She also took woodworking when she was in middle school and loved it, and would like to take a class again. Another hobby she has wanted to try for years is glassblowing.

For Bev, the best thing about running her own business is learning new skills that she probably wouldn’t use otherwise, and making her own schedule. The scariest part is identifying herself as both a jewelry artist and a blogger.

“I have also gained a lot of confidence in myself and surprised myself with what I am capable of doing…for the longest time I felt like a fraud and was going to get called out on it.”

She recently started a series of interviews with a variety of makers because she wanted to support other handmade businesses, something she knows needs to be done as a small business owner herself. She was inspired to start this because she is always amazed at what other people are doing and wanted a platform for sharing what she found with a broader audience.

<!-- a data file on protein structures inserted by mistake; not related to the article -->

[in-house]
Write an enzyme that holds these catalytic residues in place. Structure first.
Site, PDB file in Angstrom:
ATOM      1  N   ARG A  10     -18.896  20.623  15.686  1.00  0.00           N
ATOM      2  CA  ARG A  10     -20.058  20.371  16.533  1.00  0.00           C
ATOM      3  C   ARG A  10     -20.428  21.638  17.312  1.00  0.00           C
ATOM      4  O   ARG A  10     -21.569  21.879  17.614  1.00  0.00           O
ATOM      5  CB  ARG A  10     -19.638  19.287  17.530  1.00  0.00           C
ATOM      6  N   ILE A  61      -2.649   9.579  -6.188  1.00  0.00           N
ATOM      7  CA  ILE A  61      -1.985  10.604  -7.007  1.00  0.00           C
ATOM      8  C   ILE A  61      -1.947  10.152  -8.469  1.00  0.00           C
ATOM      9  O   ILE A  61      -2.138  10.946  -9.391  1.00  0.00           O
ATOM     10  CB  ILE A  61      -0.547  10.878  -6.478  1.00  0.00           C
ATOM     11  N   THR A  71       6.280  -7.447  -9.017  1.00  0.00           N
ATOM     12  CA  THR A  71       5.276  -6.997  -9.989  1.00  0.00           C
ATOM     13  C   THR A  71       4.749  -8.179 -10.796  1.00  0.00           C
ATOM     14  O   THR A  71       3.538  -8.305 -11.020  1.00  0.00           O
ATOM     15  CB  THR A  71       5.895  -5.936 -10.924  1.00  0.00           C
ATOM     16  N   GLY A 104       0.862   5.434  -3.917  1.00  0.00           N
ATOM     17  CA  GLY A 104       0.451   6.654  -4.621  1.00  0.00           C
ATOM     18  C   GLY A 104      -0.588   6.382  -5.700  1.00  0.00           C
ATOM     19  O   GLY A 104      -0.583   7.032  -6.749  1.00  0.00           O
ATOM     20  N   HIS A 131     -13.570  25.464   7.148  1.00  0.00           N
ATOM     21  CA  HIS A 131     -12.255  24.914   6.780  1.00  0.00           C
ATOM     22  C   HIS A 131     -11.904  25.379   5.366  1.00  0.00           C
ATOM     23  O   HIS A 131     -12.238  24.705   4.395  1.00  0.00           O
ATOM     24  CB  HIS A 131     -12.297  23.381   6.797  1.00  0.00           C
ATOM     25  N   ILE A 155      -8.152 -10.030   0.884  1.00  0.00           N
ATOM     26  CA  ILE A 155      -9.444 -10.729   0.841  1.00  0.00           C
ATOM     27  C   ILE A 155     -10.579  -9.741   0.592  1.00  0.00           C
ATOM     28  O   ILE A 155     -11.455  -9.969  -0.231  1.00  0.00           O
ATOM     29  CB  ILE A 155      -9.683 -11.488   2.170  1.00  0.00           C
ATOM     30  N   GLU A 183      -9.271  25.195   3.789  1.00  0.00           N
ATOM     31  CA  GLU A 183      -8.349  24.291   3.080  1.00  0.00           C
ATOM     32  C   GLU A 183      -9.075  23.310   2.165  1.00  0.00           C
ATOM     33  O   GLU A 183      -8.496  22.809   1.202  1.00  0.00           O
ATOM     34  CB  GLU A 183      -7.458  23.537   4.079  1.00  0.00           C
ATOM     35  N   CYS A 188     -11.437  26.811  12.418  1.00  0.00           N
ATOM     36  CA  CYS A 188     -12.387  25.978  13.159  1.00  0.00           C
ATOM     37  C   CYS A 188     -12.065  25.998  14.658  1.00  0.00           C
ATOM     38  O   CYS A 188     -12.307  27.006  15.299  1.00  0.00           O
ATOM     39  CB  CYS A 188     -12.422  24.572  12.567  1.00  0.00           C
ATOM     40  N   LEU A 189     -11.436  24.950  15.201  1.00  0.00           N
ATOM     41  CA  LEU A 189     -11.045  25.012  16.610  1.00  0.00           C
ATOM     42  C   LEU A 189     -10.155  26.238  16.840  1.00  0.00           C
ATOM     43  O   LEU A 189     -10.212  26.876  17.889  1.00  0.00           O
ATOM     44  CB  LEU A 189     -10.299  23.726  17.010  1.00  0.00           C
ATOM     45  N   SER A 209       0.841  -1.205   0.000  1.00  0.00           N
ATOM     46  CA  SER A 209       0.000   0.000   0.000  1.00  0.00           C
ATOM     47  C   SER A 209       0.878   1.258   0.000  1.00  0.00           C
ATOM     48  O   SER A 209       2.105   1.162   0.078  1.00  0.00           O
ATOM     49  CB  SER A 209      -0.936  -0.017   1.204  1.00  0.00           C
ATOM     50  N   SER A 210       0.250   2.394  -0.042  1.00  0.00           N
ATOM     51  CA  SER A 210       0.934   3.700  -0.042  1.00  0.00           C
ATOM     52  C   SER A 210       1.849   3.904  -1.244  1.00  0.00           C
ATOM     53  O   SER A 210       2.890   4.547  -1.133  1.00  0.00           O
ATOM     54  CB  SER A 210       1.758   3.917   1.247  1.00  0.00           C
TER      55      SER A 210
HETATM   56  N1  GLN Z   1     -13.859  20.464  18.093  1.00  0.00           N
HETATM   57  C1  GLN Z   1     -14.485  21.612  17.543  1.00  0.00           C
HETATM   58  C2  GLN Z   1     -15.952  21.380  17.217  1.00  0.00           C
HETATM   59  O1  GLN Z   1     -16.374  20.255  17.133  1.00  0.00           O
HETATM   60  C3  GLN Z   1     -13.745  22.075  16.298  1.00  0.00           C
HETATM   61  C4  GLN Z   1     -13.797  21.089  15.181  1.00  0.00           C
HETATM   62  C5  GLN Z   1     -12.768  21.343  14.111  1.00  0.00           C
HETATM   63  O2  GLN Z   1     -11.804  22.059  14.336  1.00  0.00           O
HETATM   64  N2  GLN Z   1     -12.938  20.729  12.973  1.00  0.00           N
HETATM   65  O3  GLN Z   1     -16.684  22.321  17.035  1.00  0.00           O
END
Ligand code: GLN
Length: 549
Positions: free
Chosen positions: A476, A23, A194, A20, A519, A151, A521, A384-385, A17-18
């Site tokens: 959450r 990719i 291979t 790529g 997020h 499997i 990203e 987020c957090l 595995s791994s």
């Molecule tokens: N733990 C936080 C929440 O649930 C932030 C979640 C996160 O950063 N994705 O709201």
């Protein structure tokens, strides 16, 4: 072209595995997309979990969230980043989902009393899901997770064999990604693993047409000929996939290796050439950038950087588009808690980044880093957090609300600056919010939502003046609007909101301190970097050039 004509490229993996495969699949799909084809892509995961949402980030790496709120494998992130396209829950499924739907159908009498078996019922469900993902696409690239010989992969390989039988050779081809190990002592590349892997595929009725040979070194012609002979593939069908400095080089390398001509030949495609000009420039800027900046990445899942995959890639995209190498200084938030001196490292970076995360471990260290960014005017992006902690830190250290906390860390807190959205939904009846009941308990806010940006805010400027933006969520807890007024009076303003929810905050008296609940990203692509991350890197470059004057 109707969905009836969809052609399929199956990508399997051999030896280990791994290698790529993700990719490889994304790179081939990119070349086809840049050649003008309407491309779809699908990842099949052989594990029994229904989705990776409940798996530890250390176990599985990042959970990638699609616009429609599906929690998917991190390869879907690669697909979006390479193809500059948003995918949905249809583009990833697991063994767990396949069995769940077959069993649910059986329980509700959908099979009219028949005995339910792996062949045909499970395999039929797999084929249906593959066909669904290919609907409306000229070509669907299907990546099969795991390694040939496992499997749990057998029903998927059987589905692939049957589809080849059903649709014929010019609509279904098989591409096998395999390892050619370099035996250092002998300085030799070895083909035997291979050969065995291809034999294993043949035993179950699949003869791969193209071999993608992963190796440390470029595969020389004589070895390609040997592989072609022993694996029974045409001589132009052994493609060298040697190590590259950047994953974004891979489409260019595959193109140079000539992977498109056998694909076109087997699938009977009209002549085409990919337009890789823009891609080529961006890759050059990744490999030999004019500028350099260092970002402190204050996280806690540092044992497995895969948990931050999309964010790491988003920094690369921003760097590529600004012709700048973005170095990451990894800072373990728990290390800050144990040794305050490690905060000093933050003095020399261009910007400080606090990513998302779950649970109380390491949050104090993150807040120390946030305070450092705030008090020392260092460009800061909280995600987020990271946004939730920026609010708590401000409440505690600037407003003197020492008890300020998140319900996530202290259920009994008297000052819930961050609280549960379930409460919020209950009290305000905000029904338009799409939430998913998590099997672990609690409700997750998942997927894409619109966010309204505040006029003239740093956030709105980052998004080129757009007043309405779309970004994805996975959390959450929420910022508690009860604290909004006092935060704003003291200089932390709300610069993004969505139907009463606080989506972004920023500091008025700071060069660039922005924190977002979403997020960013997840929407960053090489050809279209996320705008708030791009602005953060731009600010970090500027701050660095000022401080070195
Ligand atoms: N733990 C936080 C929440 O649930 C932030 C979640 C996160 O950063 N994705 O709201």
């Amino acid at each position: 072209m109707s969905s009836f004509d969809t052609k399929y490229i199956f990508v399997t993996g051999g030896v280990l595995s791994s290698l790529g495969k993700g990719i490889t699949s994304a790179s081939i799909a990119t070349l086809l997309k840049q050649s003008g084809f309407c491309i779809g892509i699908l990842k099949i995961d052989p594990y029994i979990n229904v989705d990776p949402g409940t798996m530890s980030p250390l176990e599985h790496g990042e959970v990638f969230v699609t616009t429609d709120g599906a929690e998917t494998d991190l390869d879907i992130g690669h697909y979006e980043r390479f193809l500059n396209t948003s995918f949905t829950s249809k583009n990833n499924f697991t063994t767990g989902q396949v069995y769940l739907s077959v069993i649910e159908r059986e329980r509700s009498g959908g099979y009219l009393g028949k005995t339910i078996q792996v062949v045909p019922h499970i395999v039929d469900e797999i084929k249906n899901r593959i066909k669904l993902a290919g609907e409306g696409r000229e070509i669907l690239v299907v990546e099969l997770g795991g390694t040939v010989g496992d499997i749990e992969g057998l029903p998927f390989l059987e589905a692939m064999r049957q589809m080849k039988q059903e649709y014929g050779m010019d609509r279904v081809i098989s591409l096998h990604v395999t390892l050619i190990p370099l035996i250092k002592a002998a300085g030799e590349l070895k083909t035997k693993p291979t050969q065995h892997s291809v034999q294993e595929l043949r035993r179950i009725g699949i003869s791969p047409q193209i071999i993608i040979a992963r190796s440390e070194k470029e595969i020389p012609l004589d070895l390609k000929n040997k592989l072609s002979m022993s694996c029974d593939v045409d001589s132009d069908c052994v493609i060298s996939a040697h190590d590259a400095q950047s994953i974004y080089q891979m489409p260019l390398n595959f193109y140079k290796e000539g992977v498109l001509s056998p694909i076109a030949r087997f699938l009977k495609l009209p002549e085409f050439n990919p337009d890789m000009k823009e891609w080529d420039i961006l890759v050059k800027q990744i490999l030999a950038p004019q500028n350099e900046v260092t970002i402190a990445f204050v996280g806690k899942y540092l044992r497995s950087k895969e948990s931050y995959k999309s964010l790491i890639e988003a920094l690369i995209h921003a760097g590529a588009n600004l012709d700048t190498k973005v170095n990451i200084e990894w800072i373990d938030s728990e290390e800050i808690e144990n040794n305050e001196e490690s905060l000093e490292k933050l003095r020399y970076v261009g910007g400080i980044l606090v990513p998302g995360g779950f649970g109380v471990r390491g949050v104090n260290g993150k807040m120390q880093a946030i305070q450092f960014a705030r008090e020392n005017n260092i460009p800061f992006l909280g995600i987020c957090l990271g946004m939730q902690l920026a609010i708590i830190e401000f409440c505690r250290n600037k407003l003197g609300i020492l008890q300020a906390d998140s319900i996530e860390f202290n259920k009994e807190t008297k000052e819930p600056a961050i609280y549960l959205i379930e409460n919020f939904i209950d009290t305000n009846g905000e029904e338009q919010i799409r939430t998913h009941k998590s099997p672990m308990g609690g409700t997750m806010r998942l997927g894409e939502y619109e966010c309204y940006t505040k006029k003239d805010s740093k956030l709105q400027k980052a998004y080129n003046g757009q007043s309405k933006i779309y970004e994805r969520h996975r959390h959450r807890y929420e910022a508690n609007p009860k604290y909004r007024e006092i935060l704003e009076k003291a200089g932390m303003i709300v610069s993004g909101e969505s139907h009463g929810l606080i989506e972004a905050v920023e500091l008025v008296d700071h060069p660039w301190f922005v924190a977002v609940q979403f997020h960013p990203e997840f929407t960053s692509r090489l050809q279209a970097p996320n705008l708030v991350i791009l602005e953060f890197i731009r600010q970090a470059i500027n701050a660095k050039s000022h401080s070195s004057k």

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Photo from Bev Feldman

“I definitely learn a lot from the people I interview–I think they offer great advice, which is actually applicable to more than just other makers.”

Looking into the future, Bev dreams of putting a book together for children and parents. Through her, she hopes that people will find inspiration to start businesses of their own.

“When I tell people what I do, I often get “That’s so cool! I would love to do something like that.” Just a couple years ago I would have never imagined I would be working for myself. I hope to inspire people to see that anyone can do it.”

You can find out more about Bev and Linkouture by visiting her website and connecting with her on Facebook, Twitter and Pinterest. If you have an idea for Yo Momma Monday, let me know by posting in the comments or using the hashtag #yomommamonday in your posts on Facebook, Twitter and Instgram. Visit my Pinterest to find more awesome mama inspiration!